Thursday, June 14, 2007

Afghanistan

Tony Blair, in his resignation letter as published recently in the Economist magazine, speaks of having resolve in the face of those who distort the faith of Islam. He claims that if our resolve is stronger than theirs, we will win in the end.

It goes beyond mere resolve, however. The allied forces must show uniformity in the application of the principles that make Western democratic societies a role model.
Condoning the torture and murder of prisoners, as the Canadian Miitary has done in turning a blind eye to it, perhaps even encouraging it, goes against those principles.

Just punishment, even if culture dictates the death penalty, is okay. As is a fair judicial system and prison system free of torture and non-judicial-sanctioned murder. But that is not the case in Afghanistan.
Our resolve to transform Afghanistan is inherently good, but it must be followed through with the reslove to carry out that action. The government which has replaced the Taliban is seen as corrupt. Graft, which was virtually eliminated under the stringent Taliban, is now rampant. Torture and murder in the prison systems, carried out by corrupt elements willing to grant freedom for a price, devestates our hopes of rebuilding a better society.

Blurred arguments

While the initial invasion was a cakewalk. Rebuilding the country is seen by surrounding Muslim countries as an occupation. The new government is considered a puppet of the west. Never was this argument stronger than when the "coalition of the willing" attacked Iraq without provocation.

The legitimate argument for attacking Afghanistan, that they harboured terrorists who threatened non-Muslim countries, became even more blurred. Al Qaeda's cause for brutal Western resistance had gone from a small force who had to brainwash members, to a force overflowing with volunteers ready to stand up to the new crusade.
There was no legitimate argument. Iraq harboured no more terrorists than any other Arab country sympathetic to the Palestinian cause. Iraq had no weapons of mass destruction and had some patience been shown, Hans Blix's UN team could have come to that assessment. Furthermore, while a bad dictator, Saddam Hussein was not the worst.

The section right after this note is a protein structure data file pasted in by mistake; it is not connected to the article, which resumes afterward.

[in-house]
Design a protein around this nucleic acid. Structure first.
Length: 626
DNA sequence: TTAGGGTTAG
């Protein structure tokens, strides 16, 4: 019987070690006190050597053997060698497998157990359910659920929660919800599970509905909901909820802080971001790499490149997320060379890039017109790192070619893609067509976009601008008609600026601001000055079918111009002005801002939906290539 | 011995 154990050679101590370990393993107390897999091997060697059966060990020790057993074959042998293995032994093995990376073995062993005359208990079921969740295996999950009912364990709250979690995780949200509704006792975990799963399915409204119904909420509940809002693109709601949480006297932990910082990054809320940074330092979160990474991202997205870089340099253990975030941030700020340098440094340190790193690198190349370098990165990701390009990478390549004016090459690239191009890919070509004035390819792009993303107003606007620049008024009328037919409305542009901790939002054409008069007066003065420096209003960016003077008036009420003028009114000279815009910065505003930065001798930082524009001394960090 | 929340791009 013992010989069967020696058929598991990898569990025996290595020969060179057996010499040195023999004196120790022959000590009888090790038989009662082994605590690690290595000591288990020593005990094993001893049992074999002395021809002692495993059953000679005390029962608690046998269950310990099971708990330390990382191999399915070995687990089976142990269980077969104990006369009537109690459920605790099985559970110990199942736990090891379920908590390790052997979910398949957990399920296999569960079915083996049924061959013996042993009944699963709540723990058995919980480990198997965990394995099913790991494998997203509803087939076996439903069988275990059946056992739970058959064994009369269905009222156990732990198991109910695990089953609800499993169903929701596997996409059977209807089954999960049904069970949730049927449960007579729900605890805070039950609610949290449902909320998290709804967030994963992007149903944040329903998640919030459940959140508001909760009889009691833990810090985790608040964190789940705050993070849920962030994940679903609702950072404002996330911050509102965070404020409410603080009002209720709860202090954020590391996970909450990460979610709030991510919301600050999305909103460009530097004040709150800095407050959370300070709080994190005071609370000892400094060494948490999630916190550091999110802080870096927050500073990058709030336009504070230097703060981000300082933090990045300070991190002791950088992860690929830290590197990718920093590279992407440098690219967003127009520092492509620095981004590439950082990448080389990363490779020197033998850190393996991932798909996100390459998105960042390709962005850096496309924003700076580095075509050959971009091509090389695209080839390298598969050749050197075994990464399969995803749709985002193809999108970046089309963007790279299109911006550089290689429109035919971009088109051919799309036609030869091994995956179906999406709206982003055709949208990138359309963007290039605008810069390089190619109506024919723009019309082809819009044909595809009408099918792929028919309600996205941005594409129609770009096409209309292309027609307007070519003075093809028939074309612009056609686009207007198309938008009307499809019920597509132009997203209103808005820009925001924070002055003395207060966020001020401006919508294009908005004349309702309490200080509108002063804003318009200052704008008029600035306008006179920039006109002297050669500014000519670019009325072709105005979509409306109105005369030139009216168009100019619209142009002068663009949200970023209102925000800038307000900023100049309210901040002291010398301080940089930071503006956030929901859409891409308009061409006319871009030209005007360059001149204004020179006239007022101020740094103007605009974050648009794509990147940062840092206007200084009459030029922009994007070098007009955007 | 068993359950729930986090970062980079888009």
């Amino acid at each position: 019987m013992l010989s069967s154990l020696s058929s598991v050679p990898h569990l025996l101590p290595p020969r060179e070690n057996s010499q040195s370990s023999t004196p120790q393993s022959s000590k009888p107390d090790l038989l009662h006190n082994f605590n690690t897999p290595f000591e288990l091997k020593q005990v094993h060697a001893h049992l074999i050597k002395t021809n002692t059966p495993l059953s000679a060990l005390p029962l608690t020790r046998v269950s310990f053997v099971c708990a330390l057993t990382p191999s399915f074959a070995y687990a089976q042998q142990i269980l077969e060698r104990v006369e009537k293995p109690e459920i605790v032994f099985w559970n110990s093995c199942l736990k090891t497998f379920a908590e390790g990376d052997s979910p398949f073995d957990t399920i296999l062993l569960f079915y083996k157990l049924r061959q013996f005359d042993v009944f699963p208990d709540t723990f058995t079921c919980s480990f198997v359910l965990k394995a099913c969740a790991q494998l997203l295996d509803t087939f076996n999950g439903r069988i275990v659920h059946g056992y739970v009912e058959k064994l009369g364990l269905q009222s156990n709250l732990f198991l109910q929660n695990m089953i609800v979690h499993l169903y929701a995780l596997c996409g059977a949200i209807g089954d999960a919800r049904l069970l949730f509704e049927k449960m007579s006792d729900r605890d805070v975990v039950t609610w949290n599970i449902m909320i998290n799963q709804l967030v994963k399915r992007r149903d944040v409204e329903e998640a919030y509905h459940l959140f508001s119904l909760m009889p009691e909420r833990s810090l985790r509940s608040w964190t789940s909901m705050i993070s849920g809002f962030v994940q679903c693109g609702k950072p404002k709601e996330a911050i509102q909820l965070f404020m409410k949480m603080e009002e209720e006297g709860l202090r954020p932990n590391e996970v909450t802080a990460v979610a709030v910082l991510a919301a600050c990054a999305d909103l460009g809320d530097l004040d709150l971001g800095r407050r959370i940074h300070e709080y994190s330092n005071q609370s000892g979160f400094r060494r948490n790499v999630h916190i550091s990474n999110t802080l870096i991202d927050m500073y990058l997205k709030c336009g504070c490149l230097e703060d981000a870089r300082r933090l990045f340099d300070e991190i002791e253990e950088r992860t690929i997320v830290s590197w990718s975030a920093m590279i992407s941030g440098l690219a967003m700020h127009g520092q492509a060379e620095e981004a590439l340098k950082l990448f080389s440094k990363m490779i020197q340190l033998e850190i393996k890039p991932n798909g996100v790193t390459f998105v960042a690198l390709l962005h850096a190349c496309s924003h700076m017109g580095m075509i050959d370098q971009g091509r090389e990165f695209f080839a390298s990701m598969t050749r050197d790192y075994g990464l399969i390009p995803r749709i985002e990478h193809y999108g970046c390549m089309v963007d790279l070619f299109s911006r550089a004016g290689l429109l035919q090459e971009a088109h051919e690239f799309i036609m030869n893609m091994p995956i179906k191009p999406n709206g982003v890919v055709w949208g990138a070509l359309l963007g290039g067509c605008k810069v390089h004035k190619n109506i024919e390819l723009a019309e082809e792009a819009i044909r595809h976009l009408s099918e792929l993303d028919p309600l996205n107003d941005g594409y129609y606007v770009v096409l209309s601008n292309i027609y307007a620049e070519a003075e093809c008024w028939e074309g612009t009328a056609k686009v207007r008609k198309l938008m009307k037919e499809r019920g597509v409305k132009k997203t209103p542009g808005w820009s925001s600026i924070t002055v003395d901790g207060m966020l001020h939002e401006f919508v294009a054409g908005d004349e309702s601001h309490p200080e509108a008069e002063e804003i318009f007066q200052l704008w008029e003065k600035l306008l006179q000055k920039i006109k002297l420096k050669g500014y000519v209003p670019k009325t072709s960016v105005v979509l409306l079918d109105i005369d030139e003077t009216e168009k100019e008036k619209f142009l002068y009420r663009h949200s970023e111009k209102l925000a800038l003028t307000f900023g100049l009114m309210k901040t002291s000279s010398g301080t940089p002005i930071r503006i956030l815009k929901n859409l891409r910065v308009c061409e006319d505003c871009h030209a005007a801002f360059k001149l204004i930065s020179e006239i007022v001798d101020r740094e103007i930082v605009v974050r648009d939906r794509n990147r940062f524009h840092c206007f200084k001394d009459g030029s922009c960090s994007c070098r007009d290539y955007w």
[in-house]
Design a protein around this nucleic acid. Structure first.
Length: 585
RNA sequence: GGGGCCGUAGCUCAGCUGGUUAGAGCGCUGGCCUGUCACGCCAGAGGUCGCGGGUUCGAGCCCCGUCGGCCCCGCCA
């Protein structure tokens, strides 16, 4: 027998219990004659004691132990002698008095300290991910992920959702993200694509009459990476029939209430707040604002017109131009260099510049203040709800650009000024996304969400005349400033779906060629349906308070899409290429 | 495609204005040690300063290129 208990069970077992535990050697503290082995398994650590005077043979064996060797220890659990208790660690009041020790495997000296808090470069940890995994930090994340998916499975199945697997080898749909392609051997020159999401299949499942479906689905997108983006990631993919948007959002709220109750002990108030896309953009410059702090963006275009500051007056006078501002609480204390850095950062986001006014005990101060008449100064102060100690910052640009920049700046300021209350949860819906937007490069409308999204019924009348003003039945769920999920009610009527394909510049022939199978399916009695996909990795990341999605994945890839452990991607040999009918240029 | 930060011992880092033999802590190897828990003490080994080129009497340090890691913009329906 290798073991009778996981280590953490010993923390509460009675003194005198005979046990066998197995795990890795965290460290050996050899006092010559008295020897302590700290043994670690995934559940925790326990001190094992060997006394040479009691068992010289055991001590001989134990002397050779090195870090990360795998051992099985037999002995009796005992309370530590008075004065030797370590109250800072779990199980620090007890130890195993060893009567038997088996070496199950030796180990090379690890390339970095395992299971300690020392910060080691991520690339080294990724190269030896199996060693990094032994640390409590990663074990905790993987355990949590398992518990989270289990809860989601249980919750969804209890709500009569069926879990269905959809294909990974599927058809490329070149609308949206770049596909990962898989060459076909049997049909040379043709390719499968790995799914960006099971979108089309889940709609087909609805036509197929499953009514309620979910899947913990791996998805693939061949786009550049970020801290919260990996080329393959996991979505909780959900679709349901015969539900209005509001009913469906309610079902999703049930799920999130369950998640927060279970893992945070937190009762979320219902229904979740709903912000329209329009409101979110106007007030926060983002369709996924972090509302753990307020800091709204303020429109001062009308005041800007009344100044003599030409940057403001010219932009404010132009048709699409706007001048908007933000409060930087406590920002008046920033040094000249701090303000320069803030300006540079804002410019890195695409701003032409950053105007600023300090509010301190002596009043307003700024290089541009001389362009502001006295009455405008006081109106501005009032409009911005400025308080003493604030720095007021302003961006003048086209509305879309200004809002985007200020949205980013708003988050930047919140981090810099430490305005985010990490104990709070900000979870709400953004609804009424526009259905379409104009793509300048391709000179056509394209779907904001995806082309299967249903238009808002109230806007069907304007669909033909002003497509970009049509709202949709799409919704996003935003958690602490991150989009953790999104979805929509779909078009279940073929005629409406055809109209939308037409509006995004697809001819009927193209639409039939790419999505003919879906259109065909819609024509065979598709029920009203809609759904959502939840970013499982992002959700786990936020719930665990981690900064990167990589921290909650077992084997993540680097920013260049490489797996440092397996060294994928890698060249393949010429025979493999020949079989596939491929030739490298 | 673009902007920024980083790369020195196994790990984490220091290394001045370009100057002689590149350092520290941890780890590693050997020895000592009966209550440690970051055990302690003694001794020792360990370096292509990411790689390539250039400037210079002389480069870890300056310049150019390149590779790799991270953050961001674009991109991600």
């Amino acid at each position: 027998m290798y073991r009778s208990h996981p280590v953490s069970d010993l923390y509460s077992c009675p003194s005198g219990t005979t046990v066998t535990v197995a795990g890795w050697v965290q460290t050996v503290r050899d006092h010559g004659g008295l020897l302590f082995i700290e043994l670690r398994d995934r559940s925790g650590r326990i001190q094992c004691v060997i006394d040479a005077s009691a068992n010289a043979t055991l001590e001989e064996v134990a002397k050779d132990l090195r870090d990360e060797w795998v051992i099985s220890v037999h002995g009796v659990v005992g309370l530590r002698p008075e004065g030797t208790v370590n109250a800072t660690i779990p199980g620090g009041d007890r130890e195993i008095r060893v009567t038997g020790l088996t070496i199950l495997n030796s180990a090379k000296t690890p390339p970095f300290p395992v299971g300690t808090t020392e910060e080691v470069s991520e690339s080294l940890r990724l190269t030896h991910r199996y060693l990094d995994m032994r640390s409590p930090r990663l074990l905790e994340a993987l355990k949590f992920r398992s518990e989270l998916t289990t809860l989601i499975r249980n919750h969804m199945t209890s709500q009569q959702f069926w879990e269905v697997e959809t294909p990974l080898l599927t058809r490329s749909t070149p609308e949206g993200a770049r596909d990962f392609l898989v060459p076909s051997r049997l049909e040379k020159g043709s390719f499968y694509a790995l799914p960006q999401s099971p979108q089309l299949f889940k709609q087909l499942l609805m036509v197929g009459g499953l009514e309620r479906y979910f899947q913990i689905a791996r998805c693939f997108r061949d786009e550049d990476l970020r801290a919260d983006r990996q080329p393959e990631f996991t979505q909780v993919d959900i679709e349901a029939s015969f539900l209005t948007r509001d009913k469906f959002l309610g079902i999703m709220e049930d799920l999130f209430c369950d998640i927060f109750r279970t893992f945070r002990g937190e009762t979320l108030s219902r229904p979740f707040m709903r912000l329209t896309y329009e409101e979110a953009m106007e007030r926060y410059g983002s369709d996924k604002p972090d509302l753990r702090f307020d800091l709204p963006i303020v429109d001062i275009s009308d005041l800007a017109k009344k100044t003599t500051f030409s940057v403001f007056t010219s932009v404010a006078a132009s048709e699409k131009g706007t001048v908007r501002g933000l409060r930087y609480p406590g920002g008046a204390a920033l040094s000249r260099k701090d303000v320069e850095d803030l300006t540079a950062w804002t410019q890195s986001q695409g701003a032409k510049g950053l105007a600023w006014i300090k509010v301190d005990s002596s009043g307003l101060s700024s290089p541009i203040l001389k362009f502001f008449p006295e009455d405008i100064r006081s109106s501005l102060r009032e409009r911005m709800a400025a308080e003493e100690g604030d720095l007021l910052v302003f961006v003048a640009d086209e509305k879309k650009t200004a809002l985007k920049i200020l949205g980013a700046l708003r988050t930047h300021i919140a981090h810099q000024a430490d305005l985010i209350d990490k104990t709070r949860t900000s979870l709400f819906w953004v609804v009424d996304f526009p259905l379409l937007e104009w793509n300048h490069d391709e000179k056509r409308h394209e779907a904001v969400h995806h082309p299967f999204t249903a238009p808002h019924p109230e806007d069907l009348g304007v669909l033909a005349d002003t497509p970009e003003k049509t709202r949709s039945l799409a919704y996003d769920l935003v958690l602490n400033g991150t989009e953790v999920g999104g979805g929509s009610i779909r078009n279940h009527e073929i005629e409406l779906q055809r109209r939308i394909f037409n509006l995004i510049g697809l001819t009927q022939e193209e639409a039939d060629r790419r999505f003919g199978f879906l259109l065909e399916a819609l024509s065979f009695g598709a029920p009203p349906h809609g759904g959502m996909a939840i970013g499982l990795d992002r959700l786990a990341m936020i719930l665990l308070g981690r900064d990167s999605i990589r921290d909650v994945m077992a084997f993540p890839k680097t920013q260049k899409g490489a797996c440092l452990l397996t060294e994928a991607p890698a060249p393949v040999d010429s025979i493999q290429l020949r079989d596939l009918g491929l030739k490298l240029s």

While Tony Blair insists our resolve must outlast the remnants of the evil regimes and their distorted faithful, the world passes useless motion after usless motion that do nothing to bring an end to the attrocities in Darfur. If ever there was a reason to invade, change regimes, and fight for a just cause, it would be in The Sudan. The Sudanese government has used brutal war tactics for over twenty years to ensure Sudan's oil resources are controlled by the country's Arab Elite.

By pulling vital military and strategic resources out of Afghanistan, and putting them into Iraq, the Afghanistan mission is now in serious jeopardy. Instead of what should have been our original intention, showing the violent Islamic Fundamentalist movement that the West is a helping friend; we are on the brink of two massive failures.

Furthermore, the West no longer has enough clout to help where we are needed. Had Iraq never happened, there is a real possibliity that Afghanistan would be stable and on the road to success. We might even be out by now, leaving a strengthened democratic ally.

It's hard to keep our reslove when the situation deteriorates, as is happening in both Iraq and Afghanistan

I think rather, that western reslove should last only to a point where our presence becomes resented. America and Britain's continued occupation in Iraq is by many considered a blight. Their occupation in Afghanistan is becoming more and more that way.

And we are afraid to tread, unwanted, into another resentful Islamic hotbed; Sudan.

Tony Blair, resolve led to many a downfall and loss.

Germany invading Russia. The Bay of Pigs invasion. Russia's previous escapades in Afghanistan.

Resolve must be tempered with lost-cause logic. To me, that logic dictates getting out of Iraq and focusing on what can be salvaged - Afghanistan.

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